You’ve probably heard recently about “Heart Bleed” and the vulnerability of SSL certificates and web sites. SherWare’s web site and the online reporting web site were not affected. We do use SSL certificates on our sites but they weren’t generated with the Open-SSL vulnerability.
Not only do we use SSL certificates for the web sites, we also use digital code-signing certificates for our applications. What is a code signing certificate? In the words of wikipedia:
Code signing is the process of digitally signing executables and scripts to confirm the software author and guarantee that the code has not been altered or corrupted since it was signed by use of a cryptographic hash.
Code signing can provide several valuable features. The most common use of code signing is to provide security when deploying; in some programming languages, it can also be used to help prevent namespace conflicts. Almost every code signing implementation will provide some sort of digital signature mechanism to verify the identity of the author or build system, and a checksum to verify that the object has not been modified. It can also be used to provide versioning information about an object or to store other meta data about an object.
What this means is that we attach a digital code-signing certificate to our applications so that when you run them, especially across a network, Windows will tell you who the author of the application is and we’ll be able to tell if it has been modified since we released it to you.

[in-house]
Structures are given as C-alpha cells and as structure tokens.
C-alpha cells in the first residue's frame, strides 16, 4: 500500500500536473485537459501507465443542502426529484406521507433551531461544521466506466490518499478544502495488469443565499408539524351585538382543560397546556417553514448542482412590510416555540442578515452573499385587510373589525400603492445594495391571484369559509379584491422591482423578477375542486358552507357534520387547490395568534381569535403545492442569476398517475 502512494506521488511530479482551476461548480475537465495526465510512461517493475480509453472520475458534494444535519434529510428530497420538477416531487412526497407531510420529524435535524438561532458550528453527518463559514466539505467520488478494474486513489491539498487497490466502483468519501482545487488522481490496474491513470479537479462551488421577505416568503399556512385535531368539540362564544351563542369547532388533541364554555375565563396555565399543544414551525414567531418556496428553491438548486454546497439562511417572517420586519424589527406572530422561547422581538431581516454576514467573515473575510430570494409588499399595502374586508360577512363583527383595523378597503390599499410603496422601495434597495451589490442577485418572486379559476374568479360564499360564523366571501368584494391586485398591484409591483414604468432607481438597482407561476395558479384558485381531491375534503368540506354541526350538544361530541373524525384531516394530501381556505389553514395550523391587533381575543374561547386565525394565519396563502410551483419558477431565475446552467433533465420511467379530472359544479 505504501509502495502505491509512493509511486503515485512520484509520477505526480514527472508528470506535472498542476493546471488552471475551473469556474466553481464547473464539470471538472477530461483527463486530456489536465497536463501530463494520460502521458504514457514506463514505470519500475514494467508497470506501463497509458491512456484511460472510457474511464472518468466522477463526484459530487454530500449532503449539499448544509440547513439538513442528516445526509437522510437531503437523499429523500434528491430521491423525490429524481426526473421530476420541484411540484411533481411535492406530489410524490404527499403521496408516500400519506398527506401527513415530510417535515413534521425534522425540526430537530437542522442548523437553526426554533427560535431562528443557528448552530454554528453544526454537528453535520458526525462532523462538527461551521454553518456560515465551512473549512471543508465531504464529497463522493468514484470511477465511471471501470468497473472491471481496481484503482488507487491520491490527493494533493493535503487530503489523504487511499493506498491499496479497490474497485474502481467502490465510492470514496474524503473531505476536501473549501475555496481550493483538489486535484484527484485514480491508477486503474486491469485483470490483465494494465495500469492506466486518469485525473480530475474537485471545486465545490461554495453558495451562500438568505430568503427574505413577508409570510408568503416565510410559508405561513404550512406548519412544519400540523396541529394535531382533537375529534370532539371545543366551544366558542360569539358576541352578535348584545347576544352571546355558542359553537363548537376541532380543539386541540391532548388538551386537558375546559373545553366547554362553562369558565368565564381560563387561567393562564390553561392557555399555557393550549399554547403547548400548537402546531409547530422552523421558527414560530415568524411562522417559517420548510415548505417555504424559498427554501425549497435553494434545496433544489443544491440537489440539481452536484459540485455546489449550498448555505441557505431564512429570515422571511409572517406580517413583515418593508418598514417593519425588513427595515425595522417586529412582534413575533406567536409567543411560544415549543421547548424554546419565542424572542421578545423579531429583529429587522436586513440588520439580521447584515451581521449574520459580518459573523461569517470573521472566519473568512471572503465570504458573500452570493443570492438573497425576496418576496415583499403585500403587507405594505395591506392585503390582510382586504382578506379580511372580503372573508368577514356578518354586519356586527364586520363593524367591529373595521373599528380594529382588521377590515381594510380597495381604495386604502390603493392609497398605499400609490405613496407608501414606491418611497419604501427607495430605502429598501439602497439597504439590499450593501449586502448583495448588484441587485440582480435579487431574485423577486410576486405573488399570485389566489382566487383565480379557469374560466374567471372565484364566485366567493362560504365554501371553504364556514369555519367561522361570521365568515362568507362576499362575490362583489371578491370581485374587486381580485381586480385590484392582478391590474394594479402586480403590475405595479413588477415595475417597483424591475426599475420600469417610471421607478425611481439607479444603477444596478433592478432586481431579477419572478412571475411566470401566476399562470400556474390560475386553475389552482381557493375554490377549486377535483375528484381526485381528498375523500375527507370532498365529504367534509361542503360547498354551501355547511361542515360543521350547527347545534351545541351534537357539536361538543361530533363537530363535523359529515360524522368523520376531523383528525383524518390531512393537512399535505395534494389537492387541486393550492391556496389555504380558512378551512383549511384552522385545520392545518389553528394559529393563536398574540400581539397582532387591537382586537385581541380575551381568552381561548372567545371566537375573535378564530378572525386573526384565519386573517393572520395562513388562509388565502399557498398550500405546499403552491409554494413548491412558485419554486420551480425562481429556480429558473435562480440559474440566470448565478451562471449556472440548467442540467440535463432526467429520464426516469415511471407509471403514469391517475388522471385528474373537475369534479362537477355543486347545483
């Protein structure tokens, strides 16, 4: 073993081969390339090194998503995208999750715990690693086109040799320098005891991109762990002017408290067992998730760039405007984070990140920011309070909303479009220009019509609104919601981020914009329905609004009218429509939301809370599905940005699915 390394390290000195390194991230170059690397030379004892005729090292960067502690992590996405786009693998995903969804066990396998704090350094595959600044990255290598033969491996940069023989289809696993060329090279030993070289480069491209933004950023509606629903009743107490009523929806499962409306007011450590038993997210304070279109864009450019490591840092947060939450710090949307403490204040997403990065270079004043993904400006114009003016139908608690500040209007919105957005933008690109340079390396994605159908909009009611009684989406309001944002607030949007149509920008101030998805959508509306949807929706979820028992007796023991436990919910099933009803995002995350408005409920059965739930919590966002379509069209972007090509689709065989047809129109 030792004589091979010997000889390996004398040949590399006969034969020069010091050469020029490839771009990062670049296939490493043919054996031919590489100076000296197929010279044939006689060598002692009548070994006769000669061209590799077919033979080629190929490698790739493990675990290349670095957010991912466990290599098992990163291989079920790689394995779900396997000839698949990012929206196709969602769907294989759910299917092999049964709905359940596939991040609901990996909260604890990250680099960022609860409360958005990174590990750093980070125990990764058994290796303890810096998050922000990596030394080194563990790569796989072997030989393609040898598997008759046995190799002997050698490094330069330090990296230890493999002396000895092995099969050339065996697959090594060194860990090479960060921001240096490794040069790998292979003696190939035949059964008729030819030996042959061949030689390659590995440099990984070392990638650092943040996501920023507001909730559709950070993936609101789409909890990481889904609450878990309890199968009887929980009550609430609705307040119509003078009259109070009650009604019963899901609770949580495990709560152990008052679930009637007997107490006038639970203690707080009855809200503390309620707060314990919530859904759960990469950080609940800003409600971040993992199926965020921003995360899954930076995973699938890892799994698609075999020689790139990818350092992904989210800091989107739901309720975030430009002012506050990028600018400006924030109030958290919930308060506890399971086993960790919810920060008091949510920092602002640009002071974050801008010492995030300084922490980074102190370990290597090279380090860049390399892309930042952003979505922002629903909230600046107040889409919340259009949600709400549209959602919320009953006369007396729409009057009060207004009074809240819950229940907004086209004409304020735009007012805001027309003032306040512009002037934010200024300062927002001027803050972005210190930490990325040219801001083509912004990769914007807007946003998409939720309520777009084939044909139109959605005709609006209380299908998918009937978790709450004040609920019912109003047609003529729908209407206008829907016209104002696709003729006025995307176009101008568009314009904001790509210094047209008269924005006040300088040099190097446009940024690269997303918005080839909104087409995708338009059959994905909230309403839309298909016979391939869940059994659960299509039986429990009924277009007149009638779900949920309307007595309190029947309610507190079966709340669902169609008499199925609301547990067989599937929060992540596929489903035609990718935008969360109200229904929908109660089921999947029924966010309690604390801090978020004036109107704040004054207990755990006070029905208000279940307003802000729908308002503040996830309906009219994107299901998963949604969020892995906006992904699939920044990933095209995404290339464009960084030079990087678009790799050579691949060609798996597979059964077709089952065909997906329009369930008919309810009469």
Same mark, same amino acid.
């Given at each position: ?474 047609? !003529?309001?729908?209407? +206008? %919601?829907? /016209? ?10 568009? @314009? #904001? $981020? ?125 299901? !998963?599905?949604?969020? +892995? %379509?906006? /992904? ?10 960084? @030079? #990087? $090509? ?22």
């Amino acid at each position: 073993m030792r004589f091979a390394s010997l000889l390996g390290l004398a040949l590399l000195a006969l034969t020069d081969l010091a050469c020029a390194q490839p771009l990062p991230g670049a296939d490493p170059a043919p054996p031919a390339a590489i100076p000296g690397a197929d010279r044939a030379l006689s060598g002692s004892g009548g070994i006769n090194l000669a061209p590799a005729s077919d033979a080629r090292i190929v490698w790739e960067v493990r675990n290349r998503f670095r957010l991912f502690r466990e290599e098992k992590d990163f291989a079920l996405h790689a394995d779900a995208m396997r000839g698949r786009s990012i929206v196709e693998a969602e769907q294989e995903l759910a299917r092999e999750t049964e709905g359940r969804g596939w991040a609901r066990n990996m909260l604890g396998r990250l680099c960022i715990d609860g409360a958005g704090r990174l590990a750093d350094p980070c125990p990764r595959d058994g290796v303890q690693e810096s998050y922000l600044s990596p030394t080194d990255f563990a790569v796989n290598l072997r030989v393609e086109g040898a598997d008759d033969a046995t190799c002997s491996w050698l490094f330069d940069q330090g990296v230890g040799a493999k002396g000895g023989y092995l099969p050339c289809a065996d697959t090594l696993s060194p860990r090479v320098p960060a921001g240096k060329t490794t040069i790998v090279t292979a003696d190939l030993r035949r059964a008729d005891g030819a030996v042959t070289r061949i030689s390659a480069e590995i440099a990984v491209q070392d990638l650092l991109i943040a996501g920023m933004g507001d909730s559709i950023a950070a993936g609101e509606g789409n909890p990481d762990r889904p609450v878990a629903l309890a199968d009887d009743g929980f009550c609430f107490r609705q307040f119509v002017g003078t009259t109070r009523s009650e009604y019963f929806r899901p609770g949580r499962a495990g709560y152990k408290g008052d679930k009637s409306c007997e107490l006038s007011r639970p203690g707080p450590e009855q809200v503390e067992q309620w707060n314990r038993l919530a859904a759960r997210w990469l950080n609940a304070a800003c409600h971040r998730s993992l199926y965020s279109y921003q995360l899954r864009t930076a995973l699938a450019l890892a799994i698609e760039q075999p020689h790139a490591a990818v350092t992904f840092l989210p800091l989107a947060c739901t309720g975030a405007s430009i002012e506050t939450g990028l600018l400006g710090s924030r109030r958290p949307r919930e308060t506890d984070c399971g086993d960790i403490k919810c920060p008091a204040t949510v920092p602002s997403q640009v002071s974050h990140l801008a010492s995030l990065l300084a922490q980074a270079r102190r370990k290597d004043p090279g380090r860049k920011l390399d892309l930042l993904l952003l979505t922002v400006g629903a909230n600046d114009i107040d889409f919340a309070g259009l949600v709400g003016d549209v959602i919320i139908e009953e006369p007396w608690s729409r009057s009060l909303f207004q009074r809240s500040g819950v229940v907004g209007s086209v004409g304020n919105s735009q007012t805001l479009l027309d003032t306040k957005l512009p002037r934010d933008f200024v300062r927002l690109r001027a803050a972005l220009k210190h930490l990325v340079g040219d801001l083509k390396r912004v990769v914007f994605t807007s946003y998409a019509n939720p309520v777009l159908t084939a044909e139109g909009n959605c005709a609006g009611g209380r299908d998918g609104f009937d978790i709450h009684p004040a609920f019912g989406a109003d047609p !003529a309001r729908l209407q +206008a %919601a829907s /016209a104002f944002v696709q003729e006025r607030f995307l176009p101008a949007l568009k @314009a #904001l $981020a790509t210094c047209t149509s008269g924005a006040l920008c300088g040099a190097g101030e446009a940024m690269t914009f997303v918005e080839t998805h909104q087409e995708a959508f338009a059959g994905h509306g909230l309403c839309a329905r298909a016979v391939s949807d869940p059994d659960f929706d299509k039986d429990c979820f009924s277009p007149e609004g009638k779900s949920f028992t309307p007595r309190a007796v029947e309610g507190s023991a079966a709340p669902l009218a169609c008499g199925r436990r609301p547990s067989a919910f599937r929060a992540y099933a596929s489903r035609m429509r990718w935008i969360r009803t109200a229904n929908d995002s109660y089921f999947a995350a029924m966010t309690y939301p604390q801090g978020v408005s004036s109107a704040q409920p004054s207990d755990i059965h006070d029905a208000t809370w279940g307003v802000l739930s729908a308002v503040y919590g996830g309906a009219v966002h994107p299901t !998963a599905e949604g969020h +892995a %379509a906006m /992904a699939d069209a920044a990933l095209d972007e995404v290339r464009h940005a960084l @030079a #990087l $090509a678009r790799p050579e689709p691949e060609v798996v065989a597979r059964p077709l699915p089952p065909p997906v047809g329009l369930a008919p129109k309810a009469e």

Obtaining a Certificate
To obtain a digital certificate for code-signing an application you have to purchase the certificate from a certificate authority and then go through a validation process so that the certificate authority can verify that the company applying for the certificate is who they say they are. The process typically takes a couple of days.
QuickBooks and Certificates
If you’re using the integrated version of the Disbursement and JIB Manager, you’ll have seen the following dialog when connecting to your QuickBooks company the first time.
QuickBooks identifies the application that is connecting to one of its data files by the digital certificate that is attached to the application. If the certificate is invalid, QuickBooks won’t let the application connect to the company requested.
You’ll also see this dialog when we renew our certificate, which we just did on April 1st.
Windows XP and Certificates
It’s hard to believe that many companies are still using Windows XP on their desktops. I’m sure the mentality is, “If it isn’t broke, don’t fix it.” In the case of digital certificates, Windows XP is starting to break if it hasn’t been updated to Service Pack 3.
All digital certificates are signed with a cryptographic hash. The most common has was SHA1 until recently. SHA1 is being phased out because of security flaws that have been detected and SHA2 is being implemented. Windows XP won’t recognize a digital certificate signed with SHA2 unless it has been udpated to service pack 3. What you’ll see is a message stating that the applications digital signature is invalid.
The certificates that SherWare use are signed with SHA2, so if you’re still using Windows XP, make sure it it upated to service pack 3 (SP3).
We’ve found that even most Win XP SP3 systems don’t support the SHA256 Encryption hash. In order to get a signed DMIE application to work with QB you’ll need to upgrade to Windows 7 or 8.
Source: Hubspot Support Blog